The unspent transaction output (UTxO) and accountbased transactions (ABT) are two types of recordkeeping methods used by a blockchain network to record provenance of its cryptocurrency and the way cryptocurrency balances are determined. UTxO is also considered a tokenbased system. Bitcoin, Bitcoin Cash, Zcash, Litecoin, Dogecoin, Dash, etc., are UtxO instances.
The ABT blockchains, such as Ethereum, EOS, Tron, and Ethereum Classic, are focused on smart contracts. In ABT system, the ledger would have accounts for all users of the currency and requires realtime updates of the account balance (Bai
et al.,
2019). This means that we have exponentially growing account information to manage.
The UTxO system can also be used in smart contracts and would enable business models based on asset tokenisation. It would also reduce the largescale information keeping.
In this paper, we consider an UTxO system, allowing to create ewallets to the users, thus meeting the user’s needs for offline transactions more effectively, e.g. between users of mobile phones with implemented ewallets (Sakalauskas
et al.,
2017,
2018; Muleravicius
et al.,
2019). In this case, digital currency is implemented in the customer ewallet and in the blockchain ledger.
A new and perspective trend in blockchain technology is business process monitoring and control, requiring faster and less expensive transactions, as well as more transparent investment mechanisms using tokens and smart contracts.
However, governments have pointed out that so far there has been a lack of regulation for such activities. Regulation is especially important for tax declaration and honest tax collection. The need for such regulation will also grow, when a new type of blockchainbased cryptocurrency will be issued by Central Banks and named Central Bank Digital Currency (CBDC) (Bouchaud
et al.,
2020).
The overview of tax collection problem is actualized in Phadke
et al. (
2021). But authors do not present technological solutions to this problem. In Dedhia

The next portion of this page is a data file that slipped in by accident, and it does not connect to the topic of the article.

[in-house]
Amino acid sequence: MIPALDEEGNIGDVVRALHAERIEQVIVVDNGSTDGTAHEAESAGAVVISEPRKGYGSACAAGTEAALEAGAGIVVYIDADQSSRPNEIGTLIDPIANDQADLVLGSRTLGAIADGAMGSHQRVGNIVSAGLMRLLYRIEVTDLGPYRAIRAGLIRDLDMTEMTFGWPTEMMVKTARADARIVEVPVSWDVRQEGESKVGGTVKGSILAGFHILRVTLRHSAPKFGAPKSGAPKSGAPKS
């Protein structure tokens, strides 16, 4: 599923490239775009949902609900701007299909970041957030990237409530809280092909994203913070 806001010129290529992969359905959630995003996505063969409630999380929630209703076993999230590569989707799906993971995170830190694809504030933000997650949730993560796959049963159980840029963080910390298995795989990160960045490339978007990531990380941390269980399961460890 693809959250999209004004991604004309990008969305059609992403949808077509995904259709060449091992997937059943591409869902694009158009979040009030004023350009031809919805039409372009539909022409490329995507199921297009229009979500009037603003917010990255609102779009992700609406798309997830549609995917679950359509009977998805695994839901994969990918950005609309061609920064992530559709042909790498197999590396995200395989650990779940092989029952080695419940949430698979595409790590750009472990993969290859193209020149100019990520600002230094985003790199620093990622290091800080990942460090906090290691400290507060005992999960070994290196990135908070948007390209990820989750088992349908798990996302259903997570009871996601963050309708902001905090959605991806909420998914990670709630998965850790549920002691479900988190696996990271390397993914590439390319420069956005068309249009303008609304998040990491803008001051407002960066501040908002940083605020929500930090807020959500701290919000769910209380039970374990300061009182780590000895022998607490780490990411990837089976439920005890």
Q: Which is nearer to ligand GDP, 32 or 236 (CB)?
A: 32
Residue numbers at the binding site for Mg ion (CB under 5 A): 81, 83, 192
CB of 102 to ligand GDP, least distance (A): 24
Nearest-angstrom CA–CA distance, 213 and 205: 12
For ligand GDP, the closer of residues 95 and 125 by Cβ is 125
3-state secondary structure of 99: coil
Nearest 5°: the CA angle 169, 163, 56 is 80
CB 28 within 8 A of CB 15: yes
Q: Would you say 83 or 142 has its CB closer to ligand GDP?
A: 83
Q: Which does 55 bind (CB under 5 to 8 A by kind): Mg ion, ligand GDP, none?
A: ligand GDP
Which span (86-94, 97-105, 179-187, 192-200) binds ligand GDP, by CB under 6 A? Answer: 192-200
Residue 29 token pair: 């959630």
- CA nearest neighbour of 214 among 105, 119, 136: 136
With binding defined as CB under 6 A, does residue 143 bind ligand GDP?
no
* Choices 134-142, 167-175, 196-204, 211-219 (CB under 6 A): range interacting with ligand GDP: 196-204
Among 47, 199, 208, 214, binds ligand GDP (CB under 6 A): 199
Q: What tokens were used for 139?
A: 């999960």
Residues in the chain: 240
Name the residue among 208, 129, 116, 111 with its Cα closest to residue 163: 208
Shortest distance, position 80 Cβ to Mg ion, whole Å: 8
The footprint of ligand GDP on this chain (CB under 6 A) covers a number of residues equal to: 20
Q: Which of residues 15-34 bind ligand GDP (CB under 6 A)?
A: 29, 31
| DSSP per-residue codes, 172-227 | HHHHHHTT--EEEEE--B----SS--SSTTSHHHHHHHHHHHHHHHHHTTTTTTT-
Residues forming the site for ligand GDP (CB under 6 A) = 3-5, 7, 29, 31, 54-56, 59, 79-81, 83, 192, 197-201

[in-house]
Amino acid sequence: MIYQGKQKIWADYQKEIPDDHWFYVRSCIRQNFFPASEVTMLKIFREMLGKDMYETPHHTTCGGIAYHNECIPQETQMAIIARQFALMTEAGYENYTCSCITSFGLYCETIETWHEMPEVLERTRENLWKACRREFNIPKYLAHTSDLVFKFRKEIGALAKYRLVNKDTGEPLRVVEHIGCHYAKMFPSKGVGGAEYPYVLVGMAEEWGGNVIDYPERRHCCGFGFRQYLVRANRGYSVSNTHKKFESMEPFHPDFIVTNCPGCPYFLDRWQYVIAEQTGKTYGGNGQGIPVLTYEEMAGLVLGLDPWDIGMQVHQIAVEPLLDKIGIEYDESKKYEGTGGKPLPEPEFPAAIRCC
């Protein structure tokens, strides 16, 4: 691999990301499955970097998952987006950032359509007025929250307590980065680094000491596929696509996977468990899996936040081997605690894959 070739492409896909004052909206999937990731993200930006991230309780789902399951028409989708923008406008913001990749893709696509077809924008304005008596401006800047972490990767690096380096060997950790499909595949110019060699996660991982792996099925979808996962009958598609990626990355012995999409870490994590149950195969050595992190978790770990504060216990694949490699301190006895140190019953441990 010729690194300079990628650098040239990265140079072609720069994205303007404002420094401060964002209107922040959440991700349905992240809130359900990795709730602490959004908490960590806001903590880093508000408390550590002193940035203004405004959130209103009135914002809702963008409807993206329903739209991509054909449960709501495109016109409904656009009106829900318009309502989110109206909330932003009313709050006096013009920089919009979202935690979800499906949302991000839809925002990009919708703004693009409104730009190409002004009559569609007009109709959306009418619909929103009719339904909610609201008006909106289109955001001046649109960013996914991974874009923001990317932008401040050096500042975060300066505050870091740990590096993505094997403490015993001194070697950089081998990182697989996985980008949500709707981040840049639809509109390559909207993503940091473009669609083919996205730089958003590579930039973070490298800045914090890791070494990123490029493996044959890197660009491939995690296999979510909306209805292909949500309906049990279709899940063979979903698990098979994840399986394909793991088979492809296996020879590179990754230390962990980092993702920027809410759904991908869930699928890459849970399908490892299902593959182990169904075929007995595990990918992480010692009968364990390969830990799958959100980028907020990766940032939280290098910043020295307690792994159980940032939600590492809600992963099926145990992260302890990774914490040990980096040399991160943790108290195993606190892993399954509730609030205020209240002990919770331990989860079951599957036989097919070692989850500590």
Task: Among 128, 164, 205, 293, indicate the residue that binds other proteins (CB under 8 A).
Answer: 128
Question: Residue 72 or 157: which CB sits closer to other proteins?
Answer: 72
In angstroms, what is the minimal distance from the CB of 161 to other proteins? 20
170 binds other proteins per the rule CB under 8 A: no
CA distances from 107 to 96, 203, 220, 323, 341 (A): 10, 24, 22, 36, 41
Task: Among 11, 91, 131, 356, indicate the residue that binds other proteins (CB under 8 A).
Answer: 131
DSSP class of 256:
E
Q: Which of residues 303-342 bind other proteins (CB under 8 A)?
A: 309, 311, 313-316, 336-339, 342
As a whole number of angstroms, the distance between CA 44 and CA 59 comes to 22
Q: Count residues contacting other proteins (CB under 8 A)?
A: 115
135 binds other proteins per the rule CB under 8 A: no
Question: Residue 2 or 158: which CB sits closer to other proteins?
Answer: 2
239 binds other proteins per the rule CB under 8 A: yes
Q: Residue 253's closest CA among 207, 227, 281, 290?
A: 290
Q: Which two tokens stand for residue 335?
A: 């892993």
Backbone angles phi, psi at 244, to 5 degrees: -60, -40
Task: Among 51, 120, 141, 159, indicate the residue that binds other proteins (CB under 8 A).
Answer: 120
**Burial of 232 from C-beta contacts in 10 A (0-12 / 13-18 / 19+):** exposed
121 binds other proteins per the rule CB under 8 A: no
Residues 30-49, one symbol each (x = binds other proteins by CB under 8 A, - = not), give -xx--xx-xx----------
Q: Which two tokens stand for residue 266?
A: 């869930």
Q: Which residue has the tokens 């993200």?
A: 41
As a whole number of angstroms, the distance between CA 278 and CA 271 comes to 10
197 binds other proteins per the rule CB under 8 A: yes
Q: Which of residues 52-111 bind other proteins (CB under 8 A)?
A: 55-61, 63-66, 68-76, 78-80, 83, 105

et al. (
2023) the novel tax tracker application is presented working completely over the blockchain technology, which prioritises decentralised data as its key principle. This solution can solve the transparency problem by showing the use of the tax amount by the government to the users and will keep track of the amount and its allocation for various government projects. But this research does not provide data confidentiality that is important in business processes.
In general, it is natural that in business processes some information is confidential and limited to certain participants. However, it is necessary to define what information can be shared by system users to provide verifiable transactions. This problem can be solved by using a permissioned IBM Hyperledger Fabric or Ethereum blockchain (Paulavičius
et al.,
2019; Mohan,
2019). To simultaneously provide both authentication and confidentiality, a signcryption scheme is used combining signing and encrypting processes which is an important cryptographic primitive (Tseng
et al.,
2022), that can be also be used in blockchain technology. Such networks are more dedicated to consortium activity, and therefore have certain limitations for flexible and effective new users’ growth and involvement. The Ethereum Mainnet, for example, is a public or permissionless blockchain, which, however, does not provide the confidentiality of sensitive business data.
This paper proposes a solution of the regulation for tax collection, when a certain TTP, named Audit Authority (AA), is needed. At the same time, we propose a scheme to provide transaction data confidentiality for other actors, apart from AA. Existing solutions are using range proofs on committed values (Bünz